It’s no secret that I freaking love Audi’s RS 6 Avant. Even apart from all the typical Jalopnik fast station wagon internet nerd stuff, it’s a wildly competent car that knows exactly what it is and what it’s for and then executes on that almost flawlessly. I say almost because, in truth, the car was previously a little numb and didn’t make enough great noises. But now Audi has a Performance version of the RS 6 Avant (and RS 7), and it rights all of the regular model’s wrongs.
Full Disclosure: Audi wanted me to drive the new RS 6 and RS 7 Performance models so badly that it flew me from Burbank (queen of all airports) to SFO and then drove me to gorgeous St Helena where it put me up in a lovely hotel for a night before turning me loose on the roads of wine country.
Don’t be fooled by thinking that the 30-hp power bump is the most important thing going on here. It’s barely noticeable. The real magic comes in the form of “emotionality,” as Audi puts it. This is accomplished by removing sound deadening (almost 45 lbs of it!), making the differences between the drive modes more extreme, adding considerably better tires and tweaking the center differential to be both lighter and more aggressive. It’s a slightly more raw car than the non-Performance version, and it’s the slightly part that’s key.
At the end of the day, while the RS 6 (and, by extension, the RS 7) is an RS product and among Audi’s hardest-core performance offerings, it’s not a track weapon. Audi knows this and understands the fast wagon’s appeal. That’s why despite all these other changes, it didn’t make any changes to the suspension tuning, for example. The car can still navigate a tightly curved road without heaving itself all over the place, as I found out recently during Audi’s launch in California’s Napa Valley. However, it’s still supremely comfortable when you’re just driving around. The wagon’s appeal is universal utility, and the RS 6 Avant Performance has it in spades.
So, back to that 30-hp bump. This increase in power to 621 hp makes the powerplant in the RS 6 and RS 7 Performance the most powerful purely internal combustion engine Audi has ever put in a road car. The eggheads in Neckarsulm managed this increase by not only tweaking software and turning up the boost but also by fitting larger turbochargers to the 4.0-liter V8. The result is a slightly more performative engine that’s as much of a sweetheart as it ever was. Audi claims a 3.3-second 0-60 time for the Performance twins with a top speed of 155 mph (because Germany) or 174 mph if you get the limited “Bronze Edition.”
The car’s already excellent gearbox shifts quicker and slightly harder thanks to additional tuning, and when paired with a more aggressive and lighter center Torsen differential, it makes for an overall much sharper car, which is good because, in a world where we’re going to lose the brilliant E63 wagon, we need something that’s going to fill its ridiculous, angry shoes. The RS 6 Performance fits the bill and may be an even better car overall.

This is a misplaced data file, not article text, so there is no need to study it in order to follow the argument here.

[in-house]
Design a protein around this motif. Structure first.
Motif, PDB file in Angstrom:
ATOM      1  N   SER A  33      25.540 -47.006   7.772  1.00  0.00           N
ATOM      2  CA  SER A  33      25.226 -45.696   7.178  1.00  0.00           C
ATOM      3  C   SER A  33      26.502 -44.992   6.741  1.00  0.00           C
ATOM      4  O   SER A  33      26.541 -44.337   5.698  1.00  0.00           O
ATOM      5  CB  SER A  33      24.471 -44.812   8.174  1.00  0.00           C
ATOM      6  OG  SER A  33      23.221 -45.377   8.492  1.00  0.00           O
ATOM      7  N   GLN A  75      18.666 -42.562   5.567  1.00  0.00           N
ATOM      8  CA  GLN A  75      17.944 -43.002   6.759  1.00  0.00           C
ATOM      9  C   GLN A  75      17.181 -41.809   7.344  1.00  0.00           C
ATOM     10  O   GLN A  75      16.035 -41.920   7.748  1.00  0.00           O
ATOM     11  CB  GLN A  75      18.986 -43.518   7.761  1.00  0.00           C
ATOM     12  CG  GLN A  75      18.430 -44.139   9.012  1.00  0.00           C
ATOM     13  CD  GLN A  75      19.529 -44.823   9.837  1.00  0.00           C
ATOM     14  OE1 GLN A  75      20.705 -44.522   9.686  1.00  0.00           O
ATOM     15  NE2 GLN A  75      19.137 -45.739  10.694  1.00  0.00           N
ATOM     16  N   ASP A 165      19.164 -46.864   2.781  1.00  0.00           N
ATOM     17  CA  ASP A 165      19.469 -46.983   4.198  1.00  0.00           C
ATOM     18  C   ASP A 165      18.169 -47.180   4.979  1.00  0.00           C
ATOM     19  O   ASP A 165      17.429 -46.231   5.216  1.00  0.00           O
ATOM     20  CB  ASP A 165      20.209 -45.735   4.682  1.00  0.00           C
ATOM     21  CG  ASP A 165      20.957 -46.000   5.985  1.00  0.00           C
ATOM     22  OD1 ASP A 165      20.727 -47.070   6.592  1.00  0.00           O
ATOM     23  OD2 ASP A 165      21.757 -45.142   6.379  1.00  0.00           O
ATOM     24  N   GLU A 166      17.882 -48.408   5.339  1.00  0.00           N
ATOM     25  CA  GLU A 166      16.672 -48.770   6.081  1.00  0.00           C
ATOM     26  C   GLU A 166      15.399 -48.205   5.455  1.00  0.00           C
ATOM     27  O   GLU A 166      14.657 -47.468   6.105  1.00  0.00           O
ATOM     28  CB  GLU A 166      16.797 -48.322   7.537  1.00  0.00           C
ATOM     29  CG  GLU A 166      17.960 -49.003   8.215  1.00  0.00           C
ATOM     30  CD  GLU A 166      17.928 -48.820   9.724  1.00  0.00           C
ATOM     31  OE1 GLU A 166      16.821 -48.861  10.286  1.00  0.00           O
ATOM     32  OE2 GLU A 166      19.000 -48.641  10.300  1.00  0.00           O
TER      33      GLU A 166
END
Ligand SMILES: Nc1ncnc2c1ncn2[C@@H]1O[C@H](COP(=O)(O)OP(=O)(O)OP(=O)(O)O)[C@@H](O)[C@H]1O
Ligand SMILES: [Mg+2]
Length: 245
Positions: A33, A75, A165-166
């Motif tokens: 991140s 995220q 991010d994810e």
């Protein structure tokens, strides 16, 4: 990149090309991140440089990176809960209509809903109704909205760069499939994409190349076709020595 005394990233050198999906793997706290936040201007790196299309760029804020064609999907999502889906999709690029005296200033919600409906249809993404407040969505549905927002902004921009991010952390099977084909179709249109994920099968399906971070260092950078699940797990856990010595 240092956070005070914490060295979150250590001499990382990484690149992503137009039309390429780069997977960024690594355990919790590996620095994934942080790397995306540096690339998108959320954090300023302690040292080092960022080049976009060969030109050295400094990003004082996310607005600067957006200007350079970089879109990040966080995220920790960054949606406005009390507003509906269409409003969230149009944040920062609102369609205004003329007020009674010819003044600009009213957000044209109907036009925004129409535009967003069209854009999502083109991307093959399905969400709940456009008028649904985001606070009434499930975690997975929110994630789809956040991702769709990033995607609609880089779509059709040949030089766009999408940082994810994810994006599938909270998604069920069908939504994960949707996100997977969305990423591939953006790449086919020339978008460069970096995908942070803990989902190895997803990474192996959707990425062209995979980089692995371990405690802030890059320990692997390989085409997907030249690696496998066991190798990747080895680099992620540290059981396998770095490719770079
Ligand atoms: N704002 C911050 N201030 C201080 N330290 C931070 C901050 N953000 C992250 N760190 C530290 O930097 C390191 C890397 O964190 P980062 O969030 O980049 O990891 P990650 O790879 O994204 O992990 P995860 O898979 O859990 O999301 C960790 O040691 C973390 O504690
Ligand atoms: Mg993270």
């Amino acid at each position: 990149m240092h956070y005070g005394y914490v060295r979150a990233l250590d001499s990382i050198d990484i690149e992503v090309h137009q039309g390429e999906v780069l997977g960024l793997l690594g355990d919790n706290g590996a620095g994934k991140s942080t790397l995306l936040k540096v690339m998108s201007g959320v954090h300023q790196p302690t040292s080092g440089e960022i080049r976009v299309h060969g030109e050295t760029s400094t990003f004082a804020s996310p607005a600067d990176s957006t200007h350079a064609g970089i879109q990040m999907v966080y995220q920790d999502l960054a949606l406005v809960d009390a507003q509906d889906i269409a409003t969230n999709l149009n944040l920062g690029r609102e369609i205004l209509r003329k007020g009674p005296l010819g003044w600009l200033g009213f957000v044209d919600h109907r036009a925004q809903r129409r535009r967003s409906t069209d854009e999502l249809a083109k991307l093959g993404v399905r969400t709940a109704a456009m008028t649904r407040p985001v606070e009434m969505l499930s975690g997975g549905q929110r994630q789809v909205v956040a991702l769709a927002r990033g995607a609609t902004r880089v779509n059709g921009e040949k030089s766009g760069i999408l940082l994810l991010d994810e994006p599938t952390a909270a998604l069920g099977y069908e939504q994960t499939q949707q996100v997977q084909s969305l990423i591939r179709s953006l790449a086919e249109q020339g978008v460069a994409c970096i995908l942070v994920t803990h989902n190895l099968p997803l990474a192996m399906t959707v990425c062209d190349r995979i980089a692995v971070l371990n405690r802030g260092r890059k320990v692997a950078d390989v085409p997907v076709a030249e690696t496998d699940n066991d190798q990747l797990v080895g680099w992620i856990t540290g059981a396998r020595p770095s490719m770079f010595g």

Like the standard car, the Performance is available with two suspension options. You can have the standard air suspension, which rides beautifully and offers height adjustment, or you can have the more performance-focused Audi Dynamic Ride Control. In case you didn’t know, Audi’s DRC uses a central reservoir to allow linked shocks to influence each other. As I said before, the tuning for the suspension has been unchanged, and while both are excellent choices for daily use, I think I’d end up going with the air suspension purely for comfort, especially with LA’s crappy, potholed roads.
While the engineers didn’t change the suspension bits, they moved to a more aggressive tire with the Continental SportContact 7. This tire promises more dry grip without a penalty in wet grip as well as reduced road noise and increased comfort. If you look at one of those spider graphs, the old tire’s performance characteristics fit neatly inside the new one. The tires are paired with new lightweight 22-inch wheels, and while “lightweight” and “22-inch wheels” seem like mutually exclusive terms, Audi managed to pull a total of 11 lbs out of each corner of the car. That’s bananas. The wheels themselves are works of art with about as much profiling, pocketing and spindly spoke design as is possible to fit on a wheel that has to support a nearly 5,000-lb wagon. Somehow, Audi even managed to make them look awesome, especially on the RS 6. They don’t look bad on the RS 7, but I’m a wagon nerd and not sorry about it.
From an interior and exterior design perspective, there is not an overabundance of changes from standard to Performance. There is a new Mercato blue interior accent color option in addition to the previously available red and silver. There are more carbon accent options inside and out, and that’s pretty much it. Frankly, this is fine because it doesn’t need fixing if it isn’t broken. That’s also true of driver aids, safety tech and infotainment; nothing’s new here.
There’s no way around the fact that $126,895 is a lot for a wagon, and $128,895 is even more for a less-practical coupe-sedan-thing, but the experience of driving and living with them makes a pretty compelling case for itself. With the RS 6 Performance in particular, it’s very much a case of “If I could, I would,” and I bet you would too.